Consumers and carers as physical health care navigators in rural Australia: A randomised trial.

Prize: GrantSuccessful


Comprising 28% of the population, rural Australians have worse health outcomes and suffer health workforce shortages that are much worse in the country than the city. Further, rural people with mental illness have a 23% higher incidence of premature death than those in major cities. This project addresses this problem by developing and testing a Physical Health Care Navigator (PHCN) model of care for people with mental illness using a four-stage co-design research approach.
Using surveys, in-depth interviews and focus groups, stage one will investigate the experiences of physical health care of rural consumers, carers and clinicians. Stage two will use the findings from stage one to inform a series of co-design workshops and consultations to develop a PHCN model of care and linked training and supervision support programs. Stage three is a randomised efficacy trial of the PHCN model of care in rural Qld and NSW. This trial will assess the acceptability, feasibility and efficacy of the PHCN model of care delivered by three categories of PHCNs: consumers, carers and clinicians.
Stage four, knowledge translation will employ Equally Well’s established knowledge sharing processes such as communities of practice, webinars, social media, website and annual research symposia. Additionally, findings will be disseminated via conference presentations, peer-reviewed publications and through the Equally Well international learning network (established and chaired by CIA in 2019).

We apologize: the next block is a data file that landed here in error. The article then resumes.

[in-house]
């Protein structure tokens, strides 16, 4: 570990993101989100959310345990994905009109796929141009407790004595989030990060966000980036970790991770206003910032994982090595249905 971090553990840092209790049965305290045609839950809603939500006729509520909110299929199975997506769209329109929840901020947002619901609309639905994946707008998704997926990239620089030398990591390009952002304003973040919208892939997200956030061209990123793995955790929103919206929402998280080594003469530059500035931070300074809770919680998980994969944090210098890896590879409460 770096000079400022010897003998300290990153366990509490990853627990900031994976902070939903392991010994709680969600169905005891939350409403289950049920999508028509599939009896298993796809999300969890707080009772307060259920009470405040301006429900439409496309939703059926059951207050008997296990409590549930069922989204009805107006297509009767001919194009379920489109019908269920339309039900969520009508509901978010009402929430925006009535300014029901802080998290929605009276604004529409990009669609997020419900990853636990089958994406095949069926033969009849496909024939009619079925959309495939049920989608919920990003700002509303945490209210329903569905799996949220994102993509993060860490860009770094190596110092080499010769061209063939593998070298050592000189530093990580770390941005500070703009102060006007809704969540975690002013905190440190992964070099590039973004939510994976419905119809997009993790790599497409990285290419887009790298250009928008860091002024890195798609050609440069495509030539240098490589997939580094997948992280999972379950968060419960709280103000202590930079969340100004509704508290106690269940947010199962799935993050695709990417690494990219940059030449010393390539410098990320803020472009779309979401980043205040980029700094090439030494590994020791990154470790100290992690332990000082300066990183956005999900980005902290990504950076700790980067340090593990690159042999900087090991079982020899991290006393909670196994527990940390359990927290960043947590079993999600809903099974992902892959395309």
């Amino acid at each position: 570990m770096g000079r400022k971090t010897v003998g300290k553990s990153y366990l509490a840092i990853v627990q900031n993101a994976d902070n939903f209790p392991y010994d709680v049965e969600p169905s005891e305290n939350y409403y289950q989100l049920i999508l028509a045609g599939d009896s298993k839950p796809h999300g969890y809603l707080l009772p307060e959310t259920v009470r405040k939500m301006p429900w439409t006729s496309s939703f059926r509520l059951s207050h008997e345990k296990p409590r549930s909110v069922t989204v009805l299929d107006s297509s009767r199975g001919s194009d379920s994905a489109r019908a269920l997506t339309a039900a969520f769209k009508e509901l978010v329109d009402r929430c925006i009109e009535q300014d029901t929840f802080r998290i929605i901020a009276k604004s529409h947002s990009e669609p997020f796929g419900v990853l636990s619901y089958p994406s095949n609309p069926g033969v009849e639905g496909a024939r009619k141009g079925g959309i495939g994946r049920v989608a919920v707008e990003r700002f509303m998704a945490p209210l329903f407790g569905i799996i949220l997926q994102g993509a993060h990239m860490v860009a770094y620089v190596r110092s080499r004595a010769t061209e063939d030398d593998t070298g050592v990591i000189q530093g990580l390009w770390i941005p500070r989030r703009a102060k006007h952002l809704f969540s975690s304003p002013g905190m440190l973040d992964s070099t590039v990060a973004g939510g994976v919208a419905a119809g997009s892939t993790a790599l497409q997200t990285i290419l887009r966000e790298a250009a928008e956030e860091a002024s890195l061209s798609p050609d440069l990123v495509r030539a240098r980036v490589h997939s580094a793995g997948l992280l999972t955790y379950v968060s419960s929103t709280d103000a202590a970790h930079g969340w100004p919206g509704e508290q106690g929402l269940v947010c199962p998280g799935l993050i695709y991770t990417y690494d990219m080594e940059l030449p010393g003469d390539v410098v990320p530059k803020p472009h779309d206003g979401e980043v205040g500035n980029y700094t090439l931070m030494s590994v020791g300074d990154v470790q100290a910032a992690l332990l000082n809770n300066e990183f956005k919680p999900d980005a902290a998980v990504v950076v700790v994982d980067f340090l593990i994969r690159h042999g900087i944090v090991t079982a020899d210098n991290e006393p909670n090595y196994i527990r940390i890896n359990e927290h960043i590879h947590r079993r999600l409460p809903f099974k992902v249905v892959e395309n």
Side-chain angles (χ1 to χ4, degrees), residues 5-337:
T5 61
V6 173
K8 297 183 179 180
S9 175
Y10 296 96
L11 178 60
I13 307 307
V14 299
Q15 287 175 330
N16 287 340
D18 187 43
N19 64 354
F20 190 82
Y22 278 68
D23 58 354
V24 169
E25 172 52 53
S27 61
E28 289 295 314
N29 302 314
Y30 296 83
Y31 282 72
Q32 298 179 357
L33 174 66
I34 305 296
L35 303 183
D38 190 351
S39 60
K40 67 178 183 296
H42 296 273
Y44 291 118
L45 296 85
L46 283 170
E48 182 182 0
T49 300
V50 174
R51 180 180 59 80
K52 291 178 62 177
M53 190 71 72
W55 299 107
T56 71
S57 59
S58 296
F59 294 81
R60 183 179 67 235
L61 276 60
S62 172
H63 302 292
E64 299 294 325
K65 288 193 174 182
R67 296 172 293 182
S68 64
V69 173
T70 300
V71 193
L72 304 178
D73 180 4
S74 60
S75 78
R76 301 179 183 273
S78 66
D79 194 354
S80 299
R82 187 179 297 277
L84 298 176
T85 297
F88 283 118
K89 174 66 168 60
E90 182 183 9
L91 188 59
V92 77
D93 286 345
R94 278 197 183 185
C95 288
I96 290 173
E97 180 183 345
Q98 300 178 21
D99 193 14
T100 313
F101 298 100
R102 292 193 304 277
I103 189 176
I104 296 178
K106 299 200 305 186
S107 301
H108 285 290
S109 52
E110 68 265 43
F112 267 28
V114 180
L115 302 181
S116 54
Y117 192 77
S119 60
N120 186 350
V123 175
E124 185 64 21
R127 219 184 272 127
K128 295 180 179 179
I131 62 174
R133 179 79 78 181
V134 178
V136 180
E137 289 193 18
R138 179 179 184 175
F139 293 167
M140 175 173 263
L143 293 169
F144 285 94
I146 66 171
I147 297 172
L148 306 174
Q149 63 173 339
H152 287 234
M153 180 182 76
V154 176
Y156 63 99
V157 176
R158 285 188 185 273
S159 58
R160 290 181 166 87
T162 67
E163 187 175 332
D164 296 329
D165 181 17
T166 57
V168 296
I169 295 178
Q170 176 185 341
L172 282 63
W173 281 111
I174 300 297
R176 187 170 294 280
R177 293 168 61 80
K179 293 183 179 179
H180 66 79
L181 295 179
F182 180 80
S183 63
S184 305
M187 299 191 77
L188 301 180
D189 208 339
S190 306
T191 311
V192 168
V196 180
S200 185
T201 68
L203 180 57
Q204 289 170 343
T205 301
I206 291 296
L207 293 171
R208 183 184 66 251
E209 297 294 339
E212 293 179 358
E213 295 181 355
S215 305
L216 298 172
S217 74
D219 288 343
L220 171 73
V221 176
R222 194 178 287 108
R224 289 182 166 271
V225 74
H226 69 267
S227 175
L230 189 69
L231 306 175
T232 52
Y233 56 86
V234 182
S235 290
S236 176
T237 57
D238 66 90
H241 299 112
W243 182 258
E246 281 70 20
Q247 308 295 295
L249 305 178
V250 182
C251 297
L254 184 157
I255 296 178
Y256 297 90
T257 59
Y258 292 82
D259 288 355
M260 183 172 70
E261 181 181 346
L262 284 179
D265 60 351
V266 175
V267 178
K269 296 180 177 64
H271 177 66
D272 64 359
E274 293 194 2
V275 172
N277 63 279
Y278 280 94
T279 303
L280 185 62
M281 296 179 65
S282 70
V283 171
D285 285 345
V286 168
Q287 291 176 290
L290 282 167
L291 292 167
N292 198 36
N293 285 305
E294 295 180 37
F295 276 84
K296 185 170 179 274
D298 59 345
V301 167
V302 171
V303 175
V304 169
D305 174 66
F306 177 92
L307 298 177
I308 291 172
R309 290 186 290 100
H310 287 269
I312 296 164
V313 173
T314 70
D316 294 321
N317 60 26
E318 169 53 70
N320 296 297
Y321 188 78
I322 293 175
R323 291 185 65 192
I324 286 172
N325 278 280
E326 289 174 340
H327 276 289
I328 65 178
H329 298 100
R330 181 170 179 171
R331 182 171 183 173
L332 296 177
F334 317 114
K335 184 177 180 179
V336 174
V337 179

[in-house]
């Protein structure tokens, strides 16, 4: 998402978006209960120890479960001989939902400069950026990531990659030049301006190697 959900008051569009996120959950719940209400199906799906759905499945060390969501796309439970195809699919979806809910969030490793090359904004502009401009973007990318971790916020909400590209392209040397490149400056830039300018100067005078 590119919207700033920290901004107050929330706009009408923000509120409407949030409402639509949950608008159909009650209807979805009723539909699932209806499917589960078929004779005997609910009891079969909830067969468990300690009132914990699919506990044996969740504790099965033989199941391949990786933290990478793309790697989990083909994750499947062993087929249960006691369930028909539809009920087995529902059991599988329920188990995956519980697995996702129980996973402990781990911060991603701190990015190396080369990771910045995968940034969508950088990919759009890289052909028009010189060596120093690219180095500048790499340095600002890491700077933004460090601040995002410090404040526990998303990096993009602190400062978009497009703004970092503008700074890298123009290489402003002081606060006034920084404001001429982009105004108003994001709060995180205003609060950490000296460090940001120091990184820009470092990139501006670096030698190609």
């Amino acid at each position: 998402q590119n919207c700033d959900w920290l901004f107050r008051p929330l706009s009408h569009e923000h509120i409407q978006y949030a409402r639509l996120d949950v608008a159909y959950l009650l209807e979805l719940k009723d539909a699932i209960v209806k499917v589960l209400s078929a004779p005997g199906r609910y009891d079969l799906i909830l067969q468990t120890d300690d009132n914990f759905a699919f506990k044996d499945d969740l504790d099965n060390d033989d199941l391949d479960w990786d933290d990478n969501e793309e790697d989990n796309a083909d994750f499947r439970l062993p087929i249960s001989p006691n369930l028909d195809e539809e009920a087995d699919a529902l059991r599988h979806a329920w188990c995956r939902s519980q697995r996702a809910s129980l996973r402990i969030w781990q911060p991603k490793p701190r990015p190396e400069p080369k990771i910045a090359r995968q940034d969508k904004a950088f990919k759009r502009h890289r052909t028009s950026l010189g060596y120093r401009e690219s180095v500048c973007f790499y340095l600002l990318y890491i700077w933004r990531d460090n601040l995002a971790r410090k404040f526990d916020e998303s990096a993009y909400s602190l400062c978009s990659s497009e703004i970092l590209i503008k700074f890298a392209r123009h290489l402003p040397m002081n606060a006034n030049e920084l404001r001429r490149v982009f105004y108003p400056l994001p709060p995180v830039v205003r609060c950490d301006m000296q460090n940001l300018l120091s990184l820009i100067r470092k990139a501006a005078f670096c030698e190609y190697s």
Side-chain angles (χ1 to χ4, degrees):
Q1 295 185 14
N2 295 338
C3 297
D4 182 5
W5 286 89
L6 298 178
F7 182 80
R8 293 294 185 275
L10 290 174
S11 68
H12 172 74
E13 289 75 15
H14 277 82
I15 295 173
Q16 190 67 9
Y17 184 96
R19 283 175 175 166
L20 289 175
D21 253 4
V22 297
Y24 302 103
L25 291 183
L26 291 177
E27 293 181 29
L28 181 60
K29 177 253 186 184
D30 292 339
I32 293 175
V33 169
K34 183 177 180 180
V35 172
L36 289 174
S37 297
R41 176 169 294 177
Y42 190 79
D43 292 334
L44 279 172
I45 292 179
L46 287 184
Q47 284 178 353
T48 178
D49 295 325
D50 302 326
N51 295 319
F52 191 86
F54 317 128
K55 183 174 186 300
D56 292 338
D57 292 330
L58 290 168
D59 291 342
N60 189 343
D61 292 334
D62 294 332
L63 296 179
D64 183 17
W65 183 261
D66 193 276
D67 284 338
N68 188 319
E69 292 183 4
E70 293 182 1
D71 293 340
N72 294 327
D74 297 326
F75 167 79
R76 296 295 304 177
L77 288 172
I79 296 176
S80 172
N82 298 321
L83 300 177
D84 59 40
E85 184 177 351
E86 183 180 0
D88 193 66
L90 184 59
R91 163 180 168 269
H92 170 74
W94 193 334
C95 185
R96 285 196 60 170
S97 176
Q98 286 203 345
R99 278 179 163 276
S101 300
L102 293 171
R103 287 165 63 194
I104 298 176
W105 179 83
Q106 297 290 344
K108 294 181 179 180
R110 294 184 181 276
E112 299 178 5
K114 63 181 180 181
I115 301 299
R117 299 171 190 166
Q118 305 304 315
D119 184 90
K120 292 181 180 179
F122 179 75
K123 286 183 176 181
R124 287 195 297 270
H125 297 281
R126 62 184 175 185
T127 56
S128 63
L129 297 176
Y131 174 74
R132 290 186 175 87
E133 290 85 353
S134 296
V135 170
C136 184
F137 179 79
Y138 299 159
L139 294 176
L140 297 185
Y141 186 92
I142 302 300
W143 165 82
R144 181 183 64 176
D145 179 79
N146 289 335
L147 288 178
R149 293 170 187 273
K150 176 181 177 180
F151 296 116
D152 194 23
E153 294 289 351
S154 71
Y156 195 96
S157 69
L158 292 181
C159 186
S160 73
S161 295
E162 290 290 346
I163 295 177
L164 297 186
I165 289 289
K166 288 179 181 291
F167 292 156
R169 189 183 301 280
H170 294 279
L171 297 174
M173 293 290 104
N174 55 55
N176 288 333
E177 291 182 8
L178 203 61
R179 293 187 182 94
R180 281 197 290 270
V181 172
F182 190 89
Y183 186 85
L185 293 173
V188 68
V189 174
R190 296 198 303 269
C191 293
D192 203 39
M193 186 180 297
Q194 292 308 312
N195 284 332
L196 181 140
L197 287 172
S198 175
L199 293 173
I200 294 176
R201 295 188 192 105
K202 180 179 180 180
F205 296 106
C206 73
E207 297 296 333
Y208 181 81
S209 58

In the context of chronic rural mental health workforce shortages, this research will evaluate the impact of consumer (peer) and carer PHCNs on the physical health and wellbeing of people living with severe mental illness. This innovative approach has the potential to make a significant contribution to the rural mental health workforce, provide valuable support to the existing rural workforce and most importantly, enhance the health and life-expectancy of rural Australians living with mental illness.
Degree of recognitionNational
Granting OrganisationsNational Health and Medical Research Council